VISOR-CLAD beauticians across the country have welcomed back customers for waxing, nail-painting and massages.

But with face-to-face treatments forbidden, big overheads and many changes to get used to, it has not been easy for salon owners.

For many, reopening on Monday was bittersweet.

They have waited weeks but already fear they will struggle to claw back revenue lost amid the coronavirus lockdown.

At The Lanes Health and Beauty in Market Street, Brighton, two thirds of the services usually on offer are banned.

The Argus:

Owner Julie Coates said: “It’s been pretty tough opening up with only a third of our treatments available, but it’s a start. Our clients are over the moon to be back.

“Business is steady but patchy. In the end, you just have to bite the bullet – you have to let clients know you’re open. It’s important to get back to a new normal.”

Salons have had to make big changes.

Before their appointments at The Lanes Health and Beauty, clients are pre-screened for symptoms over the phone.

They are told to arrive with a face mask and have their temperature checked.

Staff are not allowed to wear their uniforms to work. They are given fresh shoes and clothes at the salon. They have their temperatures checked twice a day.

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“We go a little bit over the top but it also feels very normal,” Julie said.

“We’ve always worked with high standards of cleanliness – it’s not that different except for the face shields.”

Some changes will affect takings – hen parties, for example, are out.

Julie said: “In the past we did hen parties with 15 to 20 girls in at once but we won’t be doing any work like that now. There are three or four therapists with four clients in at a time.

“We’re not packing a lot of people in.”

Julie has owned a salon in The Lanes for 19 years and moved to her current premises in 2006.

The Argus:

“I’ve been here a long time and I’m not ready to give up yet,” she said.

“I’m trying to be positive. It’s the only way to be.

“I can’t offer all my services, but I’m so grateful to be open – even though it feels like I’m doing it with one hand tied behind my back.”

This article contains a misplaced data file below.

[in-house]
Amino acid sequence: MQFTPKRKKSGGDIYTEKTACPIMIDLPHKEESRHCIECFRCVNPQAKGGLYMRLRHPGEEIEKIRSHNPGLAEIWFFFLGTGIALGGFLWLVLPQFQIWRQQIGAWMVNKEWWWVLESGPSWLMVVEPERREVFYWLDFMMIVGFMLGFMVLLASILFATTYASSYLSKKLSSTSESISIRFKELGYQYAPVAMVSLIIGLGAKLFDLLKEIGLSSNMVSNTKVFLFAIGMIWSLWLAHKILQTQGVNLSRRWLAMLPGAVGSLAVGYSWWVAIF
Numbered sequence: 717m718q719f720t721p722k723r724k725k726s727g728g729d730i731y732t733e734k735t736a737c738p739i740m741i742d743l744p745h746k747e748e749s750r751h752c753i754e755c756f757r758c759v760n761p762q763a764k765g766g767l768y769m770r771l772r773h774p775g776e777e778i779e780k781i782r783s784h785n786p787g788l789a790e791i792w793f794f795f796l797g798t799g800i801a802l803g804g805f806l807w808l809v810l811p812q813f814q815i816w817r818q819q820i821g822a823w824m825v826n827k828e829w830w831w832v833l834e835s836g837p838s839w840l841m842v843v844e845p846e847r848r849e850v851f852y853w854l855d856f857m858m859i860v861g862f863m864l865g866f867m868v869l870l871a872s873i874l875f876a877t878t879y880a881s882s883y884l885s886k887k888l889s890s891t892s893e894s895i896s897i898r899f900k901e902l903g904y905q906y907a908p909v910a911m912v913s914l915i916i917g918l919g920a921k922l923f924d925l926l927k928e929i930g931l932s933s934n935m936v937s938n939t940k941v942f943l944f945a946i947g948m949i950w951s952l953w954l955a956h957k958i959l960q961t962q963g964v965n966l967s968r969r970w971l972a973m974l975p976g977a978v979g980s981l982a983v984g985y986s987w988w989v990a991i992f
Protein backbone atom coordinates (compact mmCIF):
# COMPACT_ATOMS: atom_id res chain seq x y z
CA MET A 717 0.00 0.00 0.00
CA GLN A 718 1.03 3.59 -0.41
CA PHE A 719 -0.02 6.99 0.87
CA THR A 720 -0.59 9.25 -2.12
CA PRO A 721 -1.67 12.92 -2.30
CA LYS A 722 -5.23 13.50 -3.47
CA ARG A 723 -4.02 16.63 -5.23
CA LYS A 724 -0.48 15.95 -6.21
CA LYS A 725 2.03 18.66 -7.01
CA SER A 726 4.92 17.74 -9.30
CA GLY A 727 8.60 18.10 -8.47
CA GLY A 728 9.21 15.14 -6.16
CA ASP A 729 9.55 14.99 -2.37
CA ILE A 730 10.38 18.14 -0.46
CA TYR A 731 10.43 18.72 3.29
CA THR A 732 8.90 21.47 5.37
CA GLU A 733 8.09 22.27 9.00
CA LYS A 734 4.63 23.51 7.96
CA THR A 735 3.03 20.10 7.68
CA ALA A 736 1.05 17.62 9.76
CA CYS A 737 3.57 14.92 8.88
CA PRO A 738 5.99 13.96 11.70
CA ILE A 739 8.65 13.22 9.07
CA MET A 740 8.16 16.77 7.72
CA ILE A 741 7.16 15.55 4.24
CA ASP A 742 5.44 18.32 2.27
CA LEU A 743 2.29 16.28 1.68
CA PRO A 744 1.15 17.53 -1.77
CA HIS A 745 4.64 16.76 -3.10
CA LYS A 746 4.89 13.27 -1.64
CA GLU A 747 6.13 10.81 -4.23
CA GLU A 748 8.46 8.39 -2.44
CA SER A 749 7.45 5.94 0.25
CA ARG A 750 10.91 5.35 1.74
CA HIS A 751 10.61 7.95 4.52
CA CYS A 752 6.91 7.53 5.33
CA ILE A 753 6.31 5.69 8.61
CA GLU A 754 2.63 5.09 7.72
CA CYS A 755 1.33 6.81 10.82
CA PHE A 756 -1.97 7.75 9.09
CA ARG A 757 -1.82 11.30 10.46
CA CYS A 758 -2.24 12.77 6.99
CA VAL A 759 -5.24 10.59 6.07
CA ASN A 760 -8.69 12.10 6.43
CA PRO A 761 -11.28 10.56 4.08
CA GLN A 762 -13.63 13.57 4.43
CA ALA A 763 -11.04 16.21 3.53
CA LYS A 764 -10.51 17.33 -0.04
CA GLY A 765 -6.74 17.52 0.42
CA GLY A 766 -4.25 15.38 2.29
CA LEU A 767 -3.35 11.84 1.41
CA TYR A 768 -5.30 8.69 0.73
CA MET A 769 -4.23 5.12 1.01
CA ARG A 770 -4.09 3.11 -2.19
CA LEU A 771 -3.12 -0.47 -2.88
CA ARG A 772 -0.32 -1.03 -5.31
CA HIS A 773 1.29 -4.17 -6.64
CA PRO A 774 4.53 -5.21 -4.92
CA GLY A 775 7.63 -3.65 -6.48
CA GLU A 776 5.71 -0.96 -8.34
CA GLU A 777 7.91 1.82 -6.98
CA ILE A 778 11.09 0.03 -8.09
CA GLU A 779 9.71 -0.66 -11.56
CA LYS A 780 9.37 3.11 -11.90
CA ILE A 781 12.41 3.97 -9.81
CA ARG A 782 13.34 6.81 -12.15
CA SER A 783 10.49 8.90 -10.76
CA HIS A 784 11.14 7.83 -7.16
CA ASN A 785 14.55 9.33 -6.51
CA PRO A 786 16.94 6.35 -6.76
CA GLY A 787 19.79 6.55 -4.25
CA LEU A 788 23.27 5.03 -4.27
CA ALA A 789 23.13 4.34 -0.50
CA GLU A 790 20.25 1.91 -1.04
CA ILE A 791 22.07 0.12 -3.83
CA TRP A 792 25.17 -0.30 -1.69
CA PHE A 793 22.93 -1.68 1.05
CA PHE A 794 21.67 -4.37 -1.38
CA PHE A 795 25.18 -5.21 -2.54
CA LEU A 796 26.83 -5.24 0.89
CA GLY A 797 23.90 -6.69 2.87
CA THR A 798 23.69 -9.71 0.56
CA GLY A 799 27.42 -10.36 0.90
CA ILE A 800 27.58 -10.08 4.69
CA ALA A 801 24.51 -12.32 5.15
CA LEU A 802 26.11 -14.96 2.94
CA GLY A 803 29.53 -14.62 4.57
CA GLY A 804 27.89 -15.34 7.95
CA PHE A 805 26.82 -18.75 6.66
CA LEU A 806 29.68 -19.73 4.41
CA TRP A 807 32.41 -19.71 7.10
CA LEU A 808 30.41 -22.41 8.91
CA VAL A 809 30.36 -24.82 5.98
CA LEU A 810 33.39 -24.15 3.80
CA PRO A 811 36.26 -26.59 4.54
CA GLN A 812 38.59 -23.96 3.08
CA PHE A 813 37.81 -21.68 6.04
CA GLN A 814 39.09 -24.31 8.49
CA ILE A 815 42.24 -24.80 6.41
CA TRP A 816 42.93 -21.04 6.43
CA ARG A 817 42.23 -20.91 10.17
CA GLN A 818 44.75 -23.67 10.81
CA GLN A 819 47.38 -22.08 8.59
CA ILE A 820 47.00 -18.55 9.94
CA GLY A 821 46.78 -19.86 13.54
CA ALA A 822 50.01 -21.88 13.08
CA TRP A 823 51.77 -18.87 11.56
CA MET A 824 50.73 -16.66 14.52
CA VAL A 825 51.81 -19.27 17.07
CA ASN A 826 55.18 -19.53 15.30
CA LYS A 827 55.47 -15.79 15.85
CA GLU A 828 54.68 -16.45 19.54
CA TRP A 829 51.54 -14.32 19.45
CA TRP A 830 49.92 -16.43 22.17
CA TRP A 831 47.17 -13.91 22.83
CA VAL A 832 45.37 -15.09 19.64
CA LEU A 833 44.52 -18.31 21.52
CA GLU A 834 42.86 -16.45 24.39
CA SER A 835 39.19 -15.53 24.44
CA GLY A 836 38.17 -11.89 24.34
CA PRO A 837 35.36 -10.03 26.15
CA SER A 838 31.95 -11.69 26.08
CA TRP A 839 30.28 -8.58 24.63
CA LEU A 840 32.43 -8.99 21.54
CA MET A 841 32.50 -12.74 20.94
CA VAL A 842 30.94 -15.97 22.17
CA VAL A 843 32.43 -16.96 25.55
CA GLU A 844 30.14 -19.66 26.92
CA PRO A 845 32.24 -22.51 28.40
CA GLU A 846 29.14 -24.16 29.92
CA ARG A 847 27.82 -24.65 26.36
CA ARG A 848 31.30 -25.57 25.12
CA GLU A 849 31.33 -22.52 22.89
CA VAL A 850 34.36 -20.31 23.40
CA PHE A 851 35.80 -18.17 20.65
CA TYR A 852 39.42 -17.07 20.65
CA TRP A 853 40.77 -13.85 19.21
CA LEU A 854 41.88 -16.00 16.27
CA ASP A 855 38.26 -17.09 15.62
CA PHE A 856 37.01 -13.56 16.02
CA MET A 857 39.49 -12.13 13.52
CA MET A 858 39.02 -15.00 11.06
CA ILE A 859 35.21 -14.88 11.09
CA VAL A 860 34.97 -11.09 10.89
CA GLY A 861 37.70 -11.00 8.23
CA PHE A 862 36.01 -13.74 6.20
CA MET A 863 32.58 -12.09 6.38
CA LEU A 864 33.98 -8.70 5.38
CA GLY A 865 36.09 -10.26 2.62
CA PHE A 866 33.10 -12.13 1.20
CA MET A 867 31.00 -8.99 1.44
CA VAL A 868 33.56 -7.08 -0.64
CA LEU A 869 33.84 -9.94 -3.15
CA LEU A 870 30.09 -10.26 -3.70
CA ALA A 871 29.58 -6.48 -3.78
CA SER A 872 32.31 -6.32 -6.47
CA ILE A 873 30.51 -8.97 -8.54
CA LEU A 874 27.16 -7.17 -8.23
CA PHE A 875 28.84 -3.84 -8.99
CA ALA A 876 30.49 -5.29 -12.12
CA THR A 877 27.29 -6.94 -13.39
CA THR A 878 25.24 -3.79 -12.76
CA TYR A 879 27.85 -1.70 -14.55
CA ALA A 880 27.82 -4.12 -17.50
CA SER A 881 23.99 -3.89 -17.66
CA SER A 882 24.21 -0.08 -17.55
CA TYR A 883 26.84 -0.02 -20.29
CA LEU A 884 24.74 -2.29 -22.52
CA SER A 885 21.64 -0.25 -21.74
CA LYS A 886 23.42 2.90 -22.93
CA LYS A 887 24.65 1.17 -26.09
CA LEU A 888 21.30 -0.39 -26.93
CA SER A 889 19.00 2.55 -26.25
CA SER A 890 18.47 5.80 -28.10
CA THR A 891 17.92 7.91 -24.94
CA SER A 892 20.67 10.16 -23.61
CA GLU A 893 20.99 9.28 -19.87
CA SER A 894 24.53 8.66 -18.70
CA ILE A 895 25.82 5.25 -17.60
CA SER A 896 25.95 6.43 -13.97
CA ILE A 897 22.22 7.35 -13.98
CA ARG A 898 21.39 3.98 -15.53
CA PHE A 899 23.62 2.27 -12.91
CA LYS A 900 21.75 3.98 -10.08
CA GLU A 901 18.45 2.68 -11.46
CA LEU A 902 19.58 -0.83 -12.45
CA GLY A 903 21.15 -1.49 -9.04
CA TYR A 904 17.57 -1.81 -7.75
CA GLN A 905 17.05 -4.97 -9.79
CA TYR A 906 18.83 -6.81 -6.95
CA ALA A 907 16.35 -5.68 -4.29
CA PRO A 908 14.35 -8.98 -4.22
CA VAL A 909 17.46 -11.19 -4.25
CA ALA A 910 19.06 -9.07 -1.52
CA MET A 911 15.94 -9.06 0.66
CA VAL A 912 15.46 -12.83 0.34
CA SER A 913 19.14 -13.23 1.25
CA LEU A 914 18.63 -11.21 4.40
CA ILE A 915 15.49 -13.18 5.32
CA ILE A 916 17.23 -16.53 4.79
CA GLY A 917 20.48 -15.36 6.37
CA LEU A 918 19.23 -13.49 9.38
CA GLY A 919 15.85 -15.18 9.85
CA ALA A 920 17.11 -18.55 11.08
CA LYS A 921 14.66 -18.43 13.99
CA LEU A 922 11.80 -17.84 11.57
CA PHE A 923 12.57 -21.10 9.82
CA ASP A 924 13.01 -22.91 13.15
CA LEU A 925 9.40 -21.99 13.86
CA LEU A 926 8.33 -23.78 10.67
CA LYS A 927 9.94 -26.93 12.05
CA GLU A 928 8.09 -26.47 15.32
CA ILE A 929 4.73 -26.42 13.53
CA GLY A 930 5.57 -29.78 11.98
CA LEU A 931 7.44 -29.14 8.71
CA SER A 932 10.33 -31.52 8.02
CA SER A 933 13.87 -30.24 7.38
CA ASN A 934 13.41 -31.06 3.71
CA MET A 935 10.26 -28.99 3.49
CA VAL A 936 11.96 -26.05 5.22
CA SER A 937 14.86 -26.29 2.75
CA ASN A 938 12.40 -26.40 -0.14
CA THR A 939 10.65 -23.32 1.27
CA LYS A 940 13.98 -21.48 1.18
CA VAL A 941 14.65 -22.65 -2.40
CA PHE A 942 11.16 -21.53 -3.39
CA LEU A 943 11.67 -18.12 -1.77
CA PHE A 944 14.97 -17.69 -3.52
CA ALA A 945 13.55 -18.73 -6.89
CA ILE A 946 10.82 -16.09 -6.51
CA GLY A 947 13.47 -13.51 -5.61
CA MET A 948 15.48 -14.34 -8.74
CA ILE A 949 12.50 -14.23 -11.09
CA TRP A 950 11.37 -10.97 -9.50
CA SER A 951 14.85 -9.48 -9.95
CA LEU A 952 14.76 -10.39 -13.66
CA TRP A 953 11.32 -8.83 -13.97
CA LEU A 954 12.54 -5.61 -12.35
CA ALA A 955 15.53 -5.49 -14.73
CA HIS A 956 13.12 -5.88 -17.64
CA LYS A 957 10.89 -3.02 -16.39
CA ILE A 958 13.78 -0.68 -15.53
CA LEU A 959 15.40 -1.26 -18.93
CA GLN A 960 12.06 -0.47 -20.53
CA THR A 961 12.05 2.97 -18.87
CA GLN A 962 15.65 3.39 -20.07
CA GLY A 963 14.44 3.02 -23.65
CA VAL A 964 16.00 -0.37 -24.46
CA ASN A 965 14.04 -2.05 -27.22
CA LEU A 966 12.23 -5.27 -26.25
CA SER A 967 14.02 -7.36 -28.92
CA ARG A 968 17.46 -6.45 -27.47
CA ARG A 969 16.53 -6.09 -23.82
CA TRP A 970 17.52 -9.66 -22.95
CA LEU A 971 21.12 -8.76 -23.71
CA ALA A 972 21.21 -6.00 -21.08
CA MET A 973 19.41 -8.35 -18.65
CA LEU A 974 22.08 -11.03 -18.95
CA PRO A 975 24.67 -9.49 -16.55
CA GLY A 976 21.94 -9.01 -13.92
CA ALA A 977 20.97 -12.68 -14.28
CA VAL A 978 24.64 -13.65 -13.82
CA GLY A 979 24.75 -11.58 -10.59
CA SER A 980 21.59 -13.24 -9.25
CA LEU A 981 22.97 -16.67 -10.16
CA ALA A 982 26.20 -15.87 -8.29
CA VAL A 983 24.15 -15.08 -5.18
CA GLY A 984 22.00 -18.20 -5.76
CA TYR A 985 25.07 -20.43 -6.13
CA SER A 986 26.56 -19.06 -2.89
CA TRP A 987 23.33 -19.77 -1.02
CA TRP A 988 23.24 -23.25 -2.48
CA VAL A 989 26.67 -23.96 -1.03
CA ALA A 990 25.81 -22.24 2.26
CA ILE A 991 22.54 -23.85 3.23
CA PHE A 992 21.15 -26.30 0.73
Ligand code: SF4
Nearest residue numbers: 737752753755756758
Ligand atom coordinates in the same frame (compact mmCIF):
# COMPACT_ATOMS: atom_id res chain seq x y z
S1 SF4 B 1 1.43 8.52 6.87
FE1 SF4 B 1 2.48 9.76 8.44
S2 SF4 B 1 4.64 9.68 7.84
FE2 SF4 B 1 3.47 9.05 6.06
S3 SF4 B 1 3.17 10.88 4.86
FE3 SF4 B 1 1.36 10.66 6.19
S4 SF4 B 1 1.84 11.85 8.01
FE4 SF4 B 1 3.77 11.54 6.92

The Argus:

Gokce Cinar, who owns Daisy’s Nail Company in Preston Street, Brighton, was overjoyed to open on Monday.

“It’s so good to be back,” she said.

“Nails are no issue – it’s just the beauty treatments. I’m worried that without that side of the business we’ll struggle.

“Just doing nails wouldn’t be enough for us. We had two empty treatment rooms that weren’t being used at all, before we added another nail bar.

“Obviously it’s not the same as before – there are new rules and all the guidance and PPE – there’s a lot to do but it’s nice to be here.”

The Argus:

Gokce worries that many of the banned treatments are only popular in the summer.

“There is only a short time to do these treatments and we are not even allowed to carry them out,” she said.

“I’m hoping we’ll be able to do beauty soon.

“It’s hard not being able to tell what’s going to happen, but knowing we’d be among the first places to be closed off.”

Despite the difficulties they face, beauty therapists believe they will have to stick at it if they are to stay afloat.

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Salon owner of 23 years Tracy Ejuetami runs Jagwa in Dyke Road.

She said: “Lockdown’s been great for me personally, it’s given me a rest, but financially, it’s a nightmare.

“We’re really going to have to work hard now.”

Many of her clients who work in the airline industry are now out of a job and no longer need beauty treatments.

But Tracy is optimistic and worries for other businesses.

“It’s easier for me – I haven’t got tons of staff,” she said.

“But I’ve still got overheads – I feel sorry for the bigger companies with lots of workers on furlough.

“I want to stick in there – it will pass, but I don’t know how quickly.

“We’ve been through recessions before, you’ve just got to stick at it and do whatever it takes.

“It might not be like it was but we’ve got to try our best.”